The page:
Google’s AI efforts span its major products — internet search, Android mobile phone software, Gmail, translation, maps, YouTube, and self-driving cars. Google in May unveiled a new AI-based photo recognition app for smartphones. In mid-June, it added a new AI-based jobs search feature.

Amazon, Apple, Facebook, Google and Microsoft have been racing to use AI in natural language processing, video and image recognition. They’ve rolled out “chat bots,” software programs that interact directly with consumers via natural language processing. Facebook has been teaching its chat bots how to negotiate.

Amazon, Google and more recently, Apple, have also rolled out smart home hubs featuring voice-activated digital assistants. Amazon’s sales of Echo speakers have been strong. But, the bigger battle may be building AI tools into smartphones — with billions of mobile devices in use worldwide.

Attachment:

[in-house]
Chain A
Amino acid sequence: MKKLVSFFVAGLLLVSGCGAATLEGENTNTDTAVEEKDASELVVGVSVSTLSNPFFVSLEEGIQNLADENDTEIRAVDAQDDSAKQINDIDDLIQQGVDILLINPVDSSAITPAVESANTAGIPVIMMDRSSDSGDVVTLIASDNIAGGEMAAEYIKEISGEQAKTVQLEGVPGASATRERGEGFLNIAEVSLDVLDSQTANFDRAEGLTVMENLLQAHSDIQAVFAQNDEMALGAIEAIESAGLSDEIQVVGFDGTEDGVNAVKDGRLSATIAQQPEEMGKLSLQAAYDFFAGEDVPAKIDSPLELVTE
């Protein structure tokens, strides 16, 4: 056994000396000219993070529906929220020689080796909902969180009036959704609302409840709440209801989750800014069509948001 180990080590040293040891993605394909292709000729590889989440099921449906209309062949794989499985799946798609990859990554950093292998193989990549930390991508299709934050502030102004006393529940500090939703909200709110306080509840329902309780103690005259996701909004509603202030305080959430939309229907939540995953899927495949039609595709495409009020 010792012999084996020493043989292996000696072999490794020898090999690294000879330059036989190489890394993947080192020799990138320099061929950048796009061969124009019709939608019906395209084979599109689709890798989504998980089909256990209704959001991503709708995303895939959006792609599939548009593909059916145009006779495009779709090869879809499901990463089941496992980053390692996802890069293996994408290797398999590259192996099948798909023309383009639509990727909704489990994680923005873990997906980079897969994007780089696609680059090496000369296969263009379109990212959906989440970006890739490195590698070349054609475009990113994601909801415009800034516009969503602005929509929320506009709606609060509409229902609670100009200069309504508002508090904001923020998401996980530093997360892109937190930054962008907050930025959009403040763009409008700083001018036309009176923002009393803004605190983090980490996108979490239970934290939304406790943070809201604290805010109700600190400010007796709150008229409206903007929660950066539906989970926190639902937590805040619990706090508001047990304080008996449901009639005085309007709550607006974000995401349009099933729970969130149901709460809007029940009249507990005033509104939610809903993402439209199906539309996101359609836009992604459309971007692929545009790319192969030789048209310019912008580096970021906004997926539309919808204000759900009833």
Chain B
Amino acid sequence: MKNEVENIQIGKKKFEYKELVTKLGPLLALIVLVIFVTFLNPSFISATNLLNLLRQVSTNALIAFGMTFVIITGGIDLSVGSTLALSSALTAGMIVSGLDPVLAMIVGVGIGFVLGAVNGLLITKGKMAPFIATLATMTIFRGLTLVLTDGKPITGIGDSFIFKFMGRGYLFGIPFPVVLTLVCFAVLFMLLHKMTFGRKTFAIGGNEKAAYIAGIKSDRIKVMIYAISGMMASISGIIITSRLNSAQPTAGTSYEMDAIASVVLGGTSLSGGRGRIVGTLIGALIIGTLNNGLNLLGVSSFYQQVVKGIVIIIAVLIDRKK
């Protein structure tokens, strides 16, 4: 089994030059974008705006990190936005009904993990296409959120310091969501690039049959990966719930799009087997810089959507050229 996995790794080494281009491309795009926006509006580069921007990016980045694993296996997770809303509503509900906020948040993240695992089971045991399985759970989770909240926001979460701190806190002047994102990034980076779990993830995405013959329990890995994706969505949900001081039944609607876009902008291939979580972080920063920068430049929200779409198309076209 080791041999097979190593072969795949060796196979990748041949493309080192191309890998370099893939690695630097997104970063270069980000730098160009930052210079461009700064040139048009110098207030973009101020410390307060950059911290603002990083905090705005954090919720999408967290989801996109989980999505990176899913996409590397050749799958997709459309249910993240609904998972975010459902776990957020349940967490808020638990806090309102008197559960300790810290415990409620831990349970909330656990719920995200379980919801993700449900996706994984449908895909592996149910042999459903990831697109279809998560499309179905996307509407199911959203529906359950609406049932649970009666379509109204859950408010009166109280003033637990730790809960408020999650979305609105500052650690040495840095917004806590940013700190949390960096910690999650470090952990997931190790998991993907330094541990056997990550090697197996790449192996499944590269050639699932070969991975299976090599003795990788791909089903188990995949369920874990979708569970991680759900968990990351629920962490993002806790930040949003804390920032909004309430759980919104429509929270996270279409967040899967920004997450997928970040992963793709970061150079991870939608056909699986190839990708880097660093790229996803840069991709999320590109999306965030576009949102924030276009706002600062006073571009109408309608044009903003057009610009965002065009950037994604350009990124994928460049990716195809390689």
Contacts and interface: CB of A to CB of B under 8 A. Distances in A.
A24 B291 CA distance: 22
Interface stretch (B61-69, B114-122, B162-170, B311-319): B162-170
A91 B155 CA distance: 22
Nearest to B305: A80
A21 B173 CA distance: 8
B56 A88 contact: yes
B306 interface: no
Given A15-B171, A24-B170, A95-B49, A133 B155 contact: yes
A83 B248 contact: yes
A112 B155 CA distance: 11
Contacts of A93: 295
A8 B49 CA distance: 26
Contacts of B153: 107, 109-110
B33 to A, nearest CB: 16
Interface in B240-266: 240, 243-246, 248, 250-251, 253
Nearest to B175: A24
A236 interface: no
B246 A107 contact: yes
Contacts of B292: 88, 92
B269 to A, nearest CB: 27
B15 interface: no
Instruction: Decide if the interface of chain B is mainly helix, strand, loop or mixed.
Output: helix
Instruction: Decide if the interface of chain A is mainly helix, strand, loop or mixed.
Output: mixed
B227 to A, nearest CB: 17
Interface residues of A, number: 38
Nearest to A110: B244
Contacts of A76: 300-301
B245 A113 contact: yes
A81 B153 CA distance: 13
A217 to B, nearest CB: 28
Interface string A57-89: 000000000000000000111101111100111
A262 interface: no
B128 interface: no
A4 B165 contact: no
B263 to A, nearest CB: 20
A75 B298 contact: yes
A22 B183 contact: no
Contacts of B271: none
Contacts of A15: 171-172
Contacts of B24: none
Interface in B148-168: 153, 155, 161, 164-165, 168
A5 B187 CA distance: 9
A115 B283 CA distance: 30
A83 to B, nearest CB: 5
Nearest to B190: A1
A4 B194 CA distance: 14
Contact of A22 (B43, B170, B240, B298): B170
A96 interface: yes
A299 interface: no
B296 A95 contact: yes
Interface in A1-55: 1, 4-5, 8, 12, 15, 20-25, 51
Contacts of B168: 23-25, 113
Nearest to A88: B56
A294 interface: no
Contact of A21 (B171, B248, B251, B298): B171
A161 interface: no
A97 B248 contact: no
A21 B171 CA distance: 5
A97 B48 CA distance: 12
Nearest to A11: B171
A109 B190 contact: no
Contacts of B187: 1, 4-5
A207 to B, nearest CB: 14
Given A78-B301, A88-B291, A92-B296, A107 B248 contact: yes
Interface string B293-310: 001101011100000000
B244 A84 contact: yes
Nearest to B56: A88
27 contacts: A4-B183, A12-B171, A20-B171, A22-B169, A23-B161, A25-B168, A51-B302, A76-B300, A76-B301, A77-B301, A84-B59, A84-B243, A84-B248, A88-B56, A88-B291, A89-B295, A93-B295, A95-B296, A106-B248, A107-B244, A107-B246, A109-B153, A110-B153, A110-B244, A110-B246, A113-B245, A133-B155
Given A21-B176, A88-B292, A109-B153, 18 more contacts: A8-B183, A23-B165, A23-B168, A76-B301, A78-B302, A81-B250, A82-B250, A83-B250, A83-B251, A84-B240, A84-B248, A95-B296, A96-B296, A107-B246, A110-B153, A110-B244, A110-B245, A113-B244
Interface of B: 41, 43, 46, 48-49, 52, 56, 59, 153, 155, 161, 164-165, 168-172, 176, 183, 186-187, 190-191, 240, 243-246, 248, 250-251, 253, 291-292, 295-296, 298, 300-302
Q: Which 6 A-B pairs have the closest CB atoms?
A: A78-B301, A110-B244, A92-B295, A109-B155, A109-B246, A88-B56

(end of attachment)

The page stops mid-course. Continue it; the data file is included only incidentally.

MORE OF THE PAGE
One example of how companies are going after the AI market is Salesforce.com, which aims to be a leader in bringing AI technologies to the enterprise software market.

Salesforce.com’s cloud software helps businesses organize and handle sales operations and customer relationships across service and marketing. The company has expanded into financial services, health care and e-commerce.

The company has made several acquisitions to acquire AI tools, including RelatelQ, MetaMind, Minhash  and PredictionIO. Salesforce.com is in the early stages of embedding AI tools in existing cloud products to make them more predictive, analysts say.

Salesforce.com introduced its “Einstein” AI cloud platform in September 2016. In March, Salesforce.com showcased its AI tools at a customer event.

Einstein tools identify and prioritize sales leads and recommend products and pricing options, making it easier for sales reps to convert leads to sales.

Salesforce.com also demonstrated how Coca-Cola (COLA) built an app using image recognition that retailers can use for inventory management. Salesforce’s AI tools and forecasting models automate the restocking process.